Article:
As Centre County heads into 2018, so do the murder trials continued from the previous year.
While a small number of homicides were reported in 2017, the cases have yet to go before a county judge, and in some instances, continue to carry over from even longer.
“There’s never been four pending murder cases in the history of Centre County,” incoming district attorney Bernie Cantorna said Wednesday.
▪ The most recent murder charges were filed Oct. 28, when Ardell M. Gross, 36, was accused of shooting his uncle, Richard Smalley, in Spring Township. Police noted the very short timeline of the shooting, testifying during the preliminary hearing that Smalley had told his daughter he was on his way to Gross’s house at 3:13 p.m. that day.
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Gross called 911 and reported the shooting at 3:32 p.m., police said. Smalley’s intent to sell the house has been cited as a possible motive in the case.
Gross was arraigned on charges of first-degree murder, third-degree murder and aggravated assault at the beginning of December, according to court documents. A motion for discovery by Gross’s defense was filed with the prothonotary’s office Dec. 21 as the case moves toward trial. No trial date has been set.
▪ The trial for a Howard man accused of shooting a Snow Shoe man in August has already been postponed into 2018 after a motion was filed in November pushing Matthew R. Dreibelbis’s trial until the February term.
Dreibelbis, 37, was charged with first-degree murder, third-degree murder, aggravated assault, possession of a weapon and simple assault after the shooting death of Jeremy D. Cantolina, 38. According to police, Dreibelbis had previously been involved with Cantolina’s wife and reportedly took steps to clean a firearm of evidence before the shooting.
Dreibelbis reportedly told troopers that he “killed for love,” police said.
Following the postponement of the trial, Dreibelbis wrote a letter to Centre County Judge Katherine Oliver on Nov. 29, voicing his concern over his defense, court documents said. In the letter, he claimed his attorney, Deborah Lux, had refused to file motions to dismiss evidence and “has inadequately represented me.”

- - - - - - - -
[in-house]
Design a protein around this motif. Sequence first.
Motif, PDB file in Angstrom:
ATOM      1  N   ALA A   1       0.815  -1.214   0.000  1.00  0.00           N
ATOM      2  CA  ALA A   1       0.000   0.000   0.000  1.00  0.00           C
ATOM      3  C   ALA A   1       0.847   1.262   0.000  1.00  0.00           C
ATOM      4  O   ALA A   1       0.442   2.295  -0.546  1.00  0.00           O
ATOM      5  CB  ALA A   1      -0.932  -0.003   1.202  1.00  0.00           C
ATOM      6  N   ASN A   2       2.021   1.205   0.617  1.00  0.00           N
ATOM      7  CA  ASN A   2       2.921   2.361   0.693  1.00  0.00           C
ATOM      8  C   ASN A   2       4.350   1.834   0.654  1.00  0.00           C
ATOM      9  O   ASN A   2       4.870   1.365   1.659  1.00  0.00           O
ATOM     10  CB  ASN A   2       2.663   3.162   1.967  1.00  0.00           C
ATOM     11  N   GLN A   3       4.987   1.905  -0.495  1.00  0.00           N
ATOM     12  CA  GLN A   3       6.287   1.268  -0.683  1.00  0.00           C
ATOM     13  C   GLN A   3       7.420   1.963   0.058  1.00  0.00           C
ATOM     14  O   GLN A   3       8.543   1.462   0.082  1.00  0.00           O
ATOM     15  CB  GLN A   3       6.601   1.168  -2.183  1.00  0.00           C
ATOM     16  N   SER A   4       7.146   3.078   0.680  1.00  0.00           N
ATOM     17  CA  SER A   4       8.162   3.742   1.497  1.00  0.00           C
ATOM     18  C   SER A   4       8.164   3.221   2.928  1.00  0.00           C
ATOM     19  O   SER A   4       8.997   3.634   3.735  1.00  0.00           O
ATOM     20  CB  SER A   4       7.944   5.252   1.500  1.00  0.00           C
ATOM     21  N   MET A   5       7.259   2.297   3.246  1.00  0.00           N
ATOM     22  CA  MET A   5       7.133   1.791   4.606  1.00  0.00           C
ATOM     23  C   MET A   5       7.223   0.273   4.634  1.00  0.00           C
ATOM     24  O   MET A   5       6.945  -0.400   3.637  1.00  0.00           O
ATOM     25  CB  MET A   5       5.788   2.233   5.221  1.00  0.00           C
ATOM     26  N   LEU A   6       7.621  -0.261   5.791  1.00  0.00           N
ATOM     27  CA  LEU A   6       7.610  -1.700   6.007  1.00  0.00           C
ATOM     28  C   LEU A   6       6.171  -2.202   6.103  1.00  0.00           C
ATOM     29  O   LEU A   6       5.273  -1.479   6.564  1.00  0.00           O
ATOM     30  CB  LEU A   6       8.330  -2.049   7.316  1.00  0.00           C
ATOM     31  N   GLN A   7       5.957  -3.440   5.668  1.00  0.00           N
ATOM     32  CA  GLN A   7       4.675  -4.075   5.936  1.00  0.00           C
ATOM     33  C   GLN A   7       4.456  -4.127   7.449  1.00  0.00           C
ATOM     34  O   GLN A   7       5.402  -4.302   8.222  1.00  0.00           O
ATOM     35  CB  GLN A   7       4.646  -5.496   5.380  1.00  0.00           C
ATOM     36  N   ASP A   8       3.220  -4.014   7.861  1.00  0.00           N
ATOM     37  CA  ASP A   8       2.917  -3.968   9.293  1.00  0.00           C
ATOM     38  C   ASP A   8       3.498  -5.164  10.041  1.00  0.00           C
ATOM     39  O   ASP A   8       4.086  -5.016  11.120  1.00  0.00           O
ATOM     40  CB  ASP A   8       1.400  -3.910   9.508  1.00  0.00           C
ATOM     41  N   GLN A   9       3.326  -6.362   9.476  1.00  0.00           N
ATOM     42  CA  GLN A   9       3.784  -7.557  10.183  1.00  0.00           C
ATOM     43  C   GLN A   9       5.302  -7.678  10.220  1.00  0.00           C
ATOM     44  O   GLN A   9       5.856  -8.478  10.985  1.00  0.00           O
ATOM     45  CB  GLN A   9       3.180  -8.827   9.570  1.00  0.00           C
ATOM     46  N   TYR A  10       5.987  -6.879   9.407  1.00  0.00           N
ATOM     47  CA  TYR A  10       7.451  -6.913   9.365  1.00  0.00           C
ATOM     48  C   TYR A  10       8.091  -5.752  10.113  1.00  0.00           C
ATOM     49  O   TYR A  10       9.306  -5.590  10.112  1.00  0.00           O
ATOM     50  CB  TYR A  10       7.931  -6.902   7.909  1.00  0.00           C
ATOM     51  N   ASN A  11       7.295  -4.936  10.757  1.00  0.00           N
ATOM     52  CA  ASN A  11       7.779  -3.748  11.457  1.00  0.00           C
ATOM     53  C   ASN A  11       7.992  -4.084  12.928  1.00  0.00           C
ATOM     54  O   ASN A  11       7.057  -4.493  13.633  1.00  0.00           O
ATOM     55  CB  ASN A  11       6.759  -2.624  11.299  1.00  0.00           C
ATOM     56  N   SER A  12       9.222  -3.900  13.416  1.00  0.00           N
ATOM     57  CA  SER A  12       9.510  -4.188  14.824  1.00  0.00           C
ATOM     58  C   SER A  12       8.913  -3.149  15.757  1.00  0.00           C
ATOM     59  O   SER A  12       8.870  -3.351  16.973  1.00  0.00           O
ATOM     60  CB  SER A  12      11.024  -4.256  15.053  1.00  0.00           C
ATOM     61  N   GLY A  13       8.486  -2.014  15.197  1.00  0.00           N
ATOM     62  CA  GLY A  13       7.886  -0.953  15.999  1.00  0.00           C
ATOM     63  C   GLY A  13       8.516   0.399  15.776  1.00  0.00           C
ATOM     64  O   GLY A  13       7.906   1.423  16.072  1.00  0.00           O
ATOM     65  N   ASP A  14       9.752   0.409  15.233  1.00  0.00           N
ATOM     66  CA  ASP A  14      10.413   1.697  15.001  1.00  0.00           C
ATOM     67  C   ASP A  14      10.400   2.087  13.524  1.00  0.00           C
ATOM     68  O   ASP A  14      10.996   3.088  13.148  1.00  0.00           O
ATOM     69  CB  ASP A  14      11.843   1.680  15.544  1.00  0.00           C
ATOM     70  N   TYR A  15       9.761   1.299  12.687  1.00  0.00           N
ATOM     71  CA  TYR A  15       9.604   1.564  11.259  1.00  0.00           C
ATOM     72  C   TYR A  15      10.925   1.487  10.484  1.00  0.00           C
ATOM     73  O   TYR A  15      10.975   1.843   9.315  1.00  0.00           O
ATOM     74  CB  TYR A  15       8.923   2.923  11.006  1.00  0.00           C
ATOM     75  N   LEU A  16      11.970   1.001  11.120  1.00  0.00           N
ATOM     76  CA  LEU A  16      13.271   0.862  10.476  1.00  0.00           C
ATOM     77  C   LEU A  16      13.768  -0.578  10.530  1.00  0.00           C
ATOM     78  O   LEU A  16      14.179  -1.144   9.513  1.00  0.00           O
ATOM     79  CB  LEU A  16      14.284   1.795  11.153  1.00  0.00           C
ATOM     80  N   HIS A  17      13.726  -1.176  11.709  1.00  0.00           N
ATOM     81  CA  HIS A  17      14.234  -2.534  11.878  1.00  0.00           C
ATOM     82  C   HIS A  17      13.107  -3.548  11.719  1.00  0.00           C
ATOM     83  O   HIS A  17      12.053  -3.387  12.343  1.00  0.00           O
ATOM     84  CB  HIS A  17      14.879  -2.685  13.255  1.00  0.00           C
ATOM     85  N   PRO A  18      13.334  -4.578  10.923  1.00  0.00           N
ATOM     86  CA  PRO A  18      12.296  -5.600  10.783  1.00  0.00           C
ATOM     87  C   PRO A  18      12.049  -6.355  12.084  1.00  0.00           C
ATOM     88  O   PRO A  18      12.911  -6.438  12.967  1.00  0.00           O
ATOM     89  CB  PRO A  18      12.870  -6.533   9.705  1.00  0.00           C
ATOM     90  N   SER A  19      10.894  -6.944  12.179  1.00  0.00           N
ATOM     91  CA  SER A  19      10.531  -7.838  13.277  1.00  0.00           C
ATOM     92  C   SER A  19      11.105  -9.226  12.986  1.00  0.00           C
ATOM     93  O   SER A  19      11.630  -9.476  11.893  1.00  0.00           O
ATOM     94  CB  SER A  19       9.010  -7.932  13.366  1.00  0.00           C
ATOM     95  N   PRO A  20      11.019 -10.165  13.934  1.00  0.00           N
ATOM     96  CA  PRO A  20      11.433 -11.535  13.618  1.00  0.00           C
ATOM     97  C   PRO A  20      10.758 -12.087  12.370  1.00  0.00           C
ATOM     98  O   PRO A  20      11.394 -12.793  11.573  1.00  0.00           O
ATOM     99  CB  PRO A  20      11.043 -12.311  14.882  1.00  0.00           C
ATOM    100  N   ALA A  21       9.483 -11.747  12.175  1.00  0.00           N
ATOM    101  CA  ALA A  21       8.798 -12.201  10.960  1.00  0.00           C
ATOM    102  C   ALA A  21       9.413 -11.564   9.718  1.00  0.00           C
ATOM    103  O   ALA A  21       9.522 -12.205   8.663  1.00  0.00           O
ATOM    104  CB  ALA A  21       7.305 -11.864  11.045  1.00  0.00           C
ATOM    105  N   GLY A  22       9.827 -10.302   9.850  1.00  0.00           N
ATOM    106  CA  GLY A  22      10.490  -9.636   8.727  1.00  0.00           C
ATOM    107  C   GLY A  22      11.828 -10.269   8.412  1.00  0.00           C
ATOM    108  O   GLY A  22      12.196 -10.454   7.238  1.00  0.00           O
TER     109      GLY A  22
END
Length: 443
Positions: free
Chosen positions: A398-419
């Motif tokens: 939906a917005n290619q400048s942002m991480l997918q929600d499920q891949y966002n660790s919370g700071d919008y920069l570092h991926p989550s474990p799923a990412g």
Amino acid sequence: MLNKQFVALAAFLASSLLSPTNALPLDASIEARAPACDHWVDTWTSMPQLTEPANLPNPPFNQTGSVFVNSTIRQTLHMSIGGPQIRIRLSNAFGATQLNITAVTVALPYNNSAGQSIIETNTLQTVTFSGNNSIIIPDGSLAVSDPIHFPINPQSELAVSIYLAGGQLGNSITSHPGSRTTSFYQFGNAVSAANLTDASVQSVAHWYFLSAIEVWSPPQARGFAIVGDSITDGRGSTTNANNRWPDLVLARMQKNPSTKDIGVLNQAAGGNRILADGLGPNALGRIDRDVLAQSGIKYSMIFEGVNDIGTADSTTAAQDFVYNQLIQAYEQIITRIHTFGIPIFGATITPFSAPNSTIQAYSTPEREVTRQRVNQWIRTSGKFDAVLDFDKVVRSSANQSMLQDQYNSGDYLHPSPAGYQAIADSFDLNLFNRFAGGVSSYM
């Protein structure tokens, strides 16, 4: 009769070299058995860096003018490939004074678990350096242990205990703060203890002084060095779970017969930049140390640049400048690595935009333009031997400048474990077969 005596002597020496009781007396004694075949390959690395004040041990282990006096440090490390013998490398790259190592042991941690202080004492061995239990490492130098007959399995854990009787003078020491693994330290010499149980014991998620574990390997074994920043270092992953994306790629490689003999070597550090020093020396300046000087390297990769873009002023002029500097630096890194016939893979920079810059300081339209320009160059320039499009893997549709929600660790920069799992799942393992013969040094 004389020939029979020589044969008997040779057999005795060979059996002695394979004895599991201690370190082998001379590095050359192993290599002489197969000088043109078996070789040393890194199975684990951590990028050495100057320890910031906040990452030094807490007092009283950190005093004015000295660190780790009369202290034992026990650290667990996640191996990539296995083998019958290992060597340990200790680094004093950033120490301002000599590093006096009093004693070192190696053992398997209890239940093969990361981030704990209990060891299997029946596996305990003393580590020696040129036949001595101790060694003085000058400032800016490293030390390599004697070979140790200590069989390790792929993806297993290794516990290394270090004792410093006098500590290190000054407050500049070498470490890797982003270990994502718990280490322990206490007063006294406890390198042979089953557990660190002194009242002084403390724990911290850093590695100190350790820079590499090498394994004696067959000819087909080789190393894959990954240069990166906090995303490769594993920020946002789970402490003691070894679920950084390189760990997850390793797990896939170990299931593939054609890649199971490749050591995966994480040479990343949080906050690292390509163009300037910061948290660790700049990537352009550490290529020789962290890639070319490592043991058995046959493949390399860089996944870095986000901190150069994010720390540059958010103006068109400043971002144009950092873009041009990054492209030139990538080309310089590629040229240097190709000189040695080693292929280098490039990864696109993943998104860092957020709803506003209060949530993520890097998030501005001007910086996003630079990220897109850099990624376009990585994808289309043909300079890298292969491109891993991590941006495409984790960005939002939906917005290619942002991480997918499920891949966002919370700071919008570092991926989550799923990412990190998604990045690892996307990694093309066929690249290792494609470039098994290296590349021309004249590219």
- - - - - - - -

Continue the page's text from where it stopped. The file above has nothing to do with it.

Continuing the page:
A hearing on Dreibelbis’s request for new counsel has been scheduled for Jan. 9, court documents indicate.
▪ A June homicide was expected to wrap up last week, but was suddenly postponed when a scheduled guilty plea was canceled.
Charles E. McGhee II, 38, of Bellefonte, was expected to enter a guilty plea Dec. 21 on charges related to the killing of his wife, Courtney McGhee. McGhee was charged with first-degree murder, third-degree murder, aggravated arson and flight to avoid apprehension — all felony charges — in June after police discovered his wife’s body in their Bellefonte home. McGhee had allegedly attempted to set fire to the scene to destroy evidence.
However, the Centre County District Attorney’s Office announced the next day that the plea was canceled. Court documents last show the trial was continued until the December term. No trial date has been set.
▪ While the event was reported to have happened in 2016, the trial for a State College man and woman accused of killing a Penn State professor will not happen until next year.
George Ishler, 40, and Danelle Geier, 33, were slated to go to trial for the murder of Ronald Bettig in October, but the trial was postponed after a motion for a mental health evaluation and/or competency to stand trial was filed by Ishler’s attorney, Karen Muir, in September.
Bettig was found at the bottom of a Potter Township quarry in August 2016. Ishler and Geier are accused of having conspired to kill him during a trip to the beach.
During a pretrial conference on Dec. 18, Muir indicated the evaluation had been completed and potential trial dates were discussed by the court. Due to the prosecution’s desire to take the jury to the scene where Bettig was found, it was determined that weather conditions were likely to be most favorable in April, likely pushing what is expected to be a 12-day trial until that time frame.
A continuance has not yet been filed in this case.
▪ One recent case sits just across the county line, and will not result in a trial. The suspect in a reported double murder-suicide in Clearfield County was found dead of an apparent self-inflicted gunshot wound in late November.
Cody Bush, 26, shot and killed Victoria Schultz, 21, and Beth Schultz, 47, in an Osceola Mills home, state police reported. Victoria Schultz’s sister, Jessica, 25, was also shot and taken to UPMC Altoona for treatment.
Police reports indicated Bush had previously faced charges of stalking and harassment, while Victoria Schultz had a protection-from-abuse order against Bush at the time of her death. Victoria Schultz had also reported to police that Bush had placed a GPS tracker on her vehicle earlier, saying she had tried to end her relationship with Bush but that he was being “very obsessive and is making the split very difficult.”
Outgoing District Attorney Stacy Parks Miller spoke briefly last week about the domestic violence relation to several of the area’s homicides, saying instances of domestic violence are not just a Centre County problem and are a “red flag” that must be caught early.
“We have this cluster of cases, but it’s a bigger thing. It’s a very serious issue,” she said. “As outgoing DA of eight years, I have seen a real decline in respect for law enforcement and respect for authority.”